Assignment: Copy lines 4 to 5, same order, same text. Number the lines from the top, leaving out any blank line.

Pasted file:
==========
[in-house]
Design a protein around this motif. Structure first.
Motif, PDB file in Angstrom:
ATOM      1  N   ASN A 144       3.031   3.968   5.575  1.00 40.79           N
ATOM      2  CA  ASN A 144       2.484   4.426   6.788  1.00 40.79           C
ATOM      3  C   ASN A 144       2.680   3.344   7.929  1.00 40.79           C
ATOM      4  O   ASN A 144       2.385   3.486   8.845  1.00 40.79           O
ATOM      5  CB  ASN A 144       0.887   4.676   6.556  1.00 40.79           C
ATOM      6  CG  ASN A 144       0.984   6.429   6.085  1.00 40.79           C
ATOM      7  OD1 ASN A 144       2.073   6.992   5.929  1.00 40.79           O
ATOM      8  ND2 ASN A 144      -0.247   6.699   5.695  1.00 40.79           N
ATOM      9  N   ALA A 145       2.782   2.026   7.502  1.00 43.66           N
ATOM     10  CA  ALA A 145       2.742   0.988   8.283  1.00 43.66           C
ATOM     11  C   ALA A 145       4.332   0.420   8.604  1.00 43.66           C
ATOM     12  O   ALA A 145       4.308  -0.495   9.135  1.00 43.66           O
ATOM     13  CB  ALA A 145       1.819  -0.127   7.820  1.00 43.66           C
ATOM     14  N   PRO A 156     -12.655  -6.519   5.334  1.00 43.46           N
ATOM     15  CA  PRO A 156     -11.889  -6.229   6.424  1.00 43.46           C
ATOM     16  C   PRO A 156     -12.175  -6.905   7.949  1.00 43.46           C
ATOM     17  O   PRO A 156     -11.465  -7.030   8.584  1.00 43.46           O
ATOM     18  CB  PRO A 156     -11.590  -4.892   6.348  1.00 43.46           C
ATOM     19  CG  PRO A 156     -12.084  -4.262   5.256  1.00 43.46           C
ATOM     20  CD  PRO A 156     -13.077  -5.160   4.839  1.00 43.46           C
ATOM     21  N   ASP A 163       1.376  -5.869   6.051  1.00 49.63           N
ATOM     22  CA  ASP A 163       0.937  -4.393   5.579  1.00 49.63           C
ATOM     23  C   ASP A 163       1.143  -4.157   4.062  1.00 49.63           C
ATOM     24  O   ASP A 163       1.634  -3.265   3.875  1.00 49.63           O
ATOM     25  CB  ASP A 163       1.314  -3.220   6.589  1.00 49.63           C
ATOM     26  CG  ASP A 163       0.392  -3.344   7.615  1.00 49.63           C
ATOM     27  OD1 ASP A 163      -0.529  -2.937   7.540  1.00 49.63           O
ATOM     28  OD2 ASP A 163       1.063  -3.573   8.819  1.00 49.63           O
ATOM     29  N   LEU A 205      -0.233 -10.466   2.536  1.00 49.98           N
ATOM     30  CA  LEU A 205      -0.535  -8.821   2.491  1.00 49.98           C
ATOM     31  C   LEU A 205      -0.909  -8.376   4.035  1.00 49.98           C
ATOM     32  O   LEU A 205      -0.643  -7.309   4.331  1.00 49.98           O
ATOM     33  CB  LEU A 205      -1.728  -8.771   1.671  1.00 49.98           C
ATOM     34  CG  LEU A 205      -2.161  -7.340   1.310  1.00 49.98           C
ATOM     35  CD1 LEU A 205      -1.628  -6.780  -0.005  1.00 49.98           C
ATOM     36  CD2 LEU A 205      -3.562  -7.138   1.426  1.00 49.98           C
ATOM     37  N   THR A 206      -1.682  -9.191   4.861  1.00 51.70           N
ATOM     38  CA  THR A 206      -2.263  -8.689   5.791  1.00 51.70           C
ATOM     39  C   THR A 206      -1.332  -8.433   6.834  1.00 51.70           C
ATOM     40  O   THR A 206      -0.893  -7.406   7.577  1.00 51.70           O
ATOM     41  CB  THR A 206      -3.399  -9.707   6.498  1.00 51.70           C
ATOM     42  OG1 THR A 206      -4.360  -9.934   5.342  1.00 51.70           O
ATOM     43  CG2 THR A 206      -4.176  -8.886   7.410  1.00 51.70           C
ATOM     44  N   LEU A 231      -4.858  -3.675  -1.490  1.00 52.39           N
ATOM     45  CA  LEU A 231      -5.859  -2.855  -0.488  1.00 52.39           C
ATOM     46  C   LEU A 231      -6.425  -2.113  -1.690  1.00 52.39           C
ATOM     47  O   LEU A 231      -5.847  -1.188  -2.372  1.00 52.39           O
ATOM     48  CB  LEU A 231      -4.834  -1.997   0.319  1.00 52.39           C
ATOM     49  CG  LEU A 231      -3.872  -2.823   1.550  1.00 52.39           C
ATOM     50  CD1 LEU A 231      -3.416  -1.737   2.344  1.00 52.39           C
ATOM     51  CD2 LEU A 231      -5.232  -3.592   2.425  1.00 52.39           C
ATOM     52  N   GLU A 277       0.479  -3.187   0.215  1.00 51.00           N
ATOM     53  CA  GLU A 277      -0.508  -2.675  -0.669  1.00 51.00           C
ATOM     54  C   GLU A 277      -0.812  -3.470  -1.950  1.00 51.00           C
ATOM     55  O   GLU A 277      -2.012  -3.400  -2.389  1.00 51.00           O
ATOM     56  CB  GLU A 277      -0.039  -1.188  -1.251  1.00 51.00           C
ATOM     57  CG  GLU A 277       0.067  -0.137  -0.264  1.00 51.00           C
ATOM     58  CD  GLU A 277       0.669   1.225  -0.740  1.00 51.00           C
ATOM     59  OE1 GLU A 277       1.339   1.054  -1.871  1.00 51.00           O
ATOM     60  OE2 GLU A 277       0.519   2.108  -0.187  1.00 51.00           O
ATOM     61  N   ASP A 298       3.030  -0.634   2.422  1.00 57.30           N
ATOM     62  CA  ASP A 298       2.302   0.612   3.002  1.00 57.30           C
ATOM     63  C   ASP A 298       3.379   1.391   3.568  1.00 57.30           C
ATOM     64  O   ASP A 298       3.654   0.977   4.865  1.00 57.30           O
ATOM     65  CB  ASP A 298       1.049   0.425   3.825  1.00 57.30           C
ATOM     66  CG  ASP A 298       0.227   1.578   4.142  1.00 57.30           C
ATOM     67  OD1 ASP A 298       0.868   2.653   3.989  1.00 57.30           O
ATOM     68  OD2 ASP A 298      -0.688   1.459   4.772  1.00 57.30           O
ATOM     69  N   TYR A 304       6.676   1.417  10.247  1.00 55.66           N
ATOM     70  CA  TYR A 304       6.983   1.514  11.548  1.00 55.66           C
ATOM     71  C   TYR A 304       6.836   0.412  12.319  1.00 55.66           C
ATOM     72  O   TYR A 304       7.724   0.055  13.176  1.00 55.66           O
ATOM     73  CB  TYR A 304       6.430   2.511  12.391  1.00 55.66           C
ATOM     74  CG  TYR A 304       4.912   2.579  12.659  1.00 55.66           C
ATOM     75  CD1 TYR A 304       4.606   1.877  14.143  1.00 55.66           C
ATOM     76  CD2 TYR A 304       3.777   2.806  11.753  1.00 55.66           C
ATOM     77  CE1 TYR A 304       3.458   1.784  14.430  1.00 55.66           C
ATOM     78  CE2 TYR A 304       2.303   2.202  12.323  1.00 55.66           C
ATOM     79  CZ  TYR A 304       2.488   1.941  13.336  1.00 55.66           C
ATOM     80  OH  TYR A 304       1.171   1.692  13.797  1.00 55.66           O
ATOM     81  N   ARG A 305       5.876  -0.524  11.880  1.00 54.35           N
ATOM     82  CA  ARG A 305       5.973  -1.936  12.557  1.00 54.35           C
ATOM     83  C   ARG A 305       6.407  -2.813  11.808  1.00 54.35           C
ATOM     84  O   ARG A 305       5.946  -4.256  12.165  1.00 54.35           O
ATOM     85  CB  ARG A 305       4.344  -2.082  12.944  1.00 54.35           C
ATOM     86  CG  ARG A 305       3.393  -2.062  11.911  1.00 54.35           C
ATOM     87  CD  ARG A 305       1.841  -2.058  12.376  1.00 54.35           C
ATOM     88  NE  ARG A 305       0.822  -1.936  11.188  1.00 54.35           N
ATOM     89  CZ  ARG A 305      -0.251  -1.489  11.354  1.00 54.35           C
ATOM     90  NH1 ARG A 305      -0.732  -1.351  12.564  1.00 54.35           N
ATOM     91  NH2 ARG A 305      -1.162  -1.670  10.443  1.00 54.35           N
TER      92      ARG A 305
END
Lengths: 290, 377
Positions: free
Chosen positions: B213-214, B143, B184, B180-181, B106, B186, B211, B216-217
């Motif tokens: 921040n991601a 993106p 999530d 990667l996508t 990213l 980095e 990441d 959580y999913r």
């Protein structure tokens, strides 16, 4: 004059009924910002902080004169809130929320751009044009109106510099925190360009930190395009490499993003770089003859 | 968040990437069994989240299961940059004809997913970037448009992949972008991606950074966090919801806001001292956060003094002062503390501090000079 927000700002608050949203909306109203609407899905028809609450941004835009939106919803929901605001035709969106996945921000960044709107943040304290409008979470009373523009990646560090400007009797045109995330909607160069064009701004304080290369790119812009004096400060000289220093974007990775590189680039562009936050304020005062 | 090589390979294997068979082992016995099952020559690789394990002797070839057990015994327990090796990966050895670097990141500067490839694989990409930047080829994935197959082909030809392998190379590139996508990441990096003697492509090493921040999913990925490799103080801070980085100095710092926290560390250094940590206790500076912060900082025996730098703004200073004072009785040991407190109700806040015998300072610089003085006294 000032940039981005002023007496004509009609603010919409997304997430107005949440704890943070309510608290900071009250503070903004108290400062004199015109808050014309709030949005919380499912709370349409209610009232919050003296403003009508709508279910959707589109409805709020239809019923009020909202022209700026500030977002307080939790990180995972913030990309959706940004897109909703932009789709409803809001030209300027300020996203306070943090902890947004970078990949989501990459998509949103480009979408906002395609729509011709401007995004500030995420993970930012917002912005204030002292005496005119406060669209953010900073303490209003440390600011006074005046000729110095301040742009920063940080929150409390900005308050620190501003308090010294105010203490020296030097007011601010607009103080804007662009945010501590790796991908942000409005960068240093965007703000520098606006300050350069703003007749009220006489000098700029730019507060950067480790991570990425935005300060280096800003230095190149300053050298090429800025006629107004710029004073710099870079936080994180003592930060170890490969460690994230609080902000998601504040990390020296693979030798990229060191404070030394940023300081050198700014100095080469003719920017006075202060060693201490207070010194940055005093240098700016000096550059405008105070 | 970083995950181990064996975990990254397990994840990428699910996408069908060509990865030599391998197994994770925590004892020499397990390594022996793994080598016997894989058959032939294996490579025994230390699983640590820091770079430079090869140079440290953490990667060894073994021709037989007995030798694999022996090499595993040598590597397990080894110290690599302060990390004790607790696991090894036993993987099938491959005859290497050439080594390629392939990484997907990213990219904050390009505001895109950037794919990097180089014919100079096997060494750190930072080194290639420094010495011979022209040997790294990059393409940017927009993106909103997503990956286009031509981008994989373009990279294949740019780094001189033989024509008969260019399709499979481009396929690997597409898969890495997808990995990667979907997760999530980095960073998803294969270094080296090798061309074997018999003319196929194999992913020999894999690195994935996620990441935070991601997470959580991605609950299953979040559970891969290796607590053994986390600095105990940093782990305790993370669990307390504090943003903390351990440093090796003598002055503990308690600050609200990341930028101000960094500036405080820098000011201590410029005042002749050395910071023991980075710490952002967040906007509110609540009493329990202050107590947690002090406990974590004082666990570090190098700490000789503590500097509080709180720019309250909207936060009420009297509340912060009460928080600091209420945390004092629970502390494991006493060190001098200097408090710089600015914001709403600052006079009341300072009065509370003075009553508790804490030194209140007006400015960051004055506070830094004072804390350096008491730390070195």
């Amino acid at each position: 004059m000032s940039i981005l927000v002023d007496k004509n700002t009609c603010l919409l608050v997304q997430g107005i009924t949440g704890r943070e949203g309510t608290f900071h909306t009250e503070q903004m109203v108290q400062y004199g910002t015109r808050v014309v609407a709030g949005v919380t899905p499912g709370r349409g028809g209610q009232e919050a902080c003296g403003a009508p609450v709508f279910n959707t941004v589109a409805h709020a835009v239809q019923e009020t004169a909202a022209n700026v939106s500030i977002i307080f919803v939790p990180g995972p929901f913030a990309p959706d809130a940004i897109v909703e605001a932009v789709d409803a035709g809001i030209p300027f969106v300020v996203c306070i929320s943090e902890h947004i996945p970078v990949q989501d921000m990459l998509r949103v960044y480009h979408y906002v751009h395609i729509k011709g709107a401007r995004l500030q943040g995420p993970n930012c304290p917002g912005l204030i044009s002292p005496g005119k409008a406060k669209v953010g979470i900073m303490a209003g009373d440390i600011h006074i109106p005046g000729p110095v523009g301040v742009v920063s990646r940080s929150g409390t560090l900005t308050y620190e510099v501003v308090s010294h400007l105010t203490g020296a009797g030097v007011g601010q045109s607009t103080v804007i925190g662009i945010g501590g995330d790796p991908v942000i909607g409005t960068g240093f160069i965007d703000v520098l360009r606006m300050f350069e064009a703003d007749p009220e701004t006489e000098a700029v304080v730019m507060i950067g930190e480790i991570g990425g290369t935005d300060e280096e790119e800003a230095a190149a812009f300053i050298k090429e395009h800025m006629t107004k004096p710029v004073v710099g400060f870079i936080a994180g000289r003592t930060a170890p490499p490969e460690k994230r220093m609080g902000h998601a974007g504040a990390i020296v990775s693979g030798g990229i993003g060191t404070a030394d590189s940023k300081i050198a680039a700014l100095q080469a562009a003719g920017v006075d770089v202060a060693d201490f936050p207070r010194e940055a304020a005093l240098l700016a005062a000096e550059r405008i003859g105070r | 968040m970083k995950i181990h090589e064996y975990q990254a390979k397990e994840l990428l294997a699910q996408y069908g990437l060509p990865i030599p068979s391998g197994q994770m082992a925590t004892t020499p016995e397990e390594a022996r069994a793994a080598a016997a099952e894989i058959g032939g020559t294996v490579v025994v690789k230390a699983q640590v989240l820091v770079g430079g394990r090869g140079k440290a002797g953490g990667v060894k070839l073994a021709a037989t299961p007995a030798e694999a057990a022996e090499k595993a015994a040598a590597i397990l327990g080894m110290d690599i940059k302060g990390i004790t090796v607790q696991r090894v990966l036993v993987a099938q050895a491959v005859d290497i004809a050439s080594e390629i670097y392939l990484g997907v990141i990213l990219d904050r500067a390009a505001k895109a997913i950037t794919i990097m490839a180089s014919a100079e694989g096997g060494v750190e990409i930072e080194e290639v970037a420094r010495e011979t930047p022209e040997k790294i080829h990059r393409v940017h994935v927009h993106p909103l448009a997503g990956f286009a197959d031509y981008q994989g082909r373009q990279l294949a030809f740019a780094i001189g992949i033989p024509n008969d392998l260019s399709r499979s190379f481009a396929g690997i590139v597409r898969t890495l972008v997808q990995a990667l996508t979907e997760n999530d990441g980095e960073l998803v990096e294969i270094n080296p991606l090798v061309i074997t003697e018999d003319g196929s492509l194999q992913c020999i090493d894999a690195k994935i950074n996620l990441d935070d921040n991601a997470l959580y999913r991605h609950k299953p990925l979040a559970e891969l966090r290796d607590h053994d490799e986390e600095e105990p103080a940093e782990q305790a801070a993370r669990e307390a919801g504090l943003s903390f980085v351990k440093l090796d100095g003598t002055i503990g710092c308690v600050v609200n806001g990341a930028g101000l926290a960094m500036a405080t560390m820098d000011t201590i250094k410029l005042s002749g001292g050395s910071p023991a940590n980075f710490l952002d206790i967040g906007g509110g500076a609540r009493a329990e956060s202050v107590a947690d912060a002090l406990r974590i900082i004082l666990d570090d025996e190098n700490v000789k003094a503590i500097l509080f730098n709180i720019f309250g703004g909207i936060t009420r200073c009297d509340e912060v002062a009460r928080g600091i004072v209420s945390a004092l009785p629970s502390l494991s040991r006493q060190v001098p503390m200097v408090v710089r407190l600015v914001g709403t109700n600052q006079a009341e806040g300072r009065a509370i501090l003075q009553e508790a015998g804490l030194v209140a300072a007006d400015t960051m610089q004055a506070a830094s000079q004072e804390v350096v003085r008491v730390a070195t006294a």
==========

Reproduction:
ATOM      1  N   ASN A 144       3.031   3.968   5.575  1.00 40.79           N
ATOM      2  CA  ASN A 144       2.484   4.426   6.788  1.00 40.79           C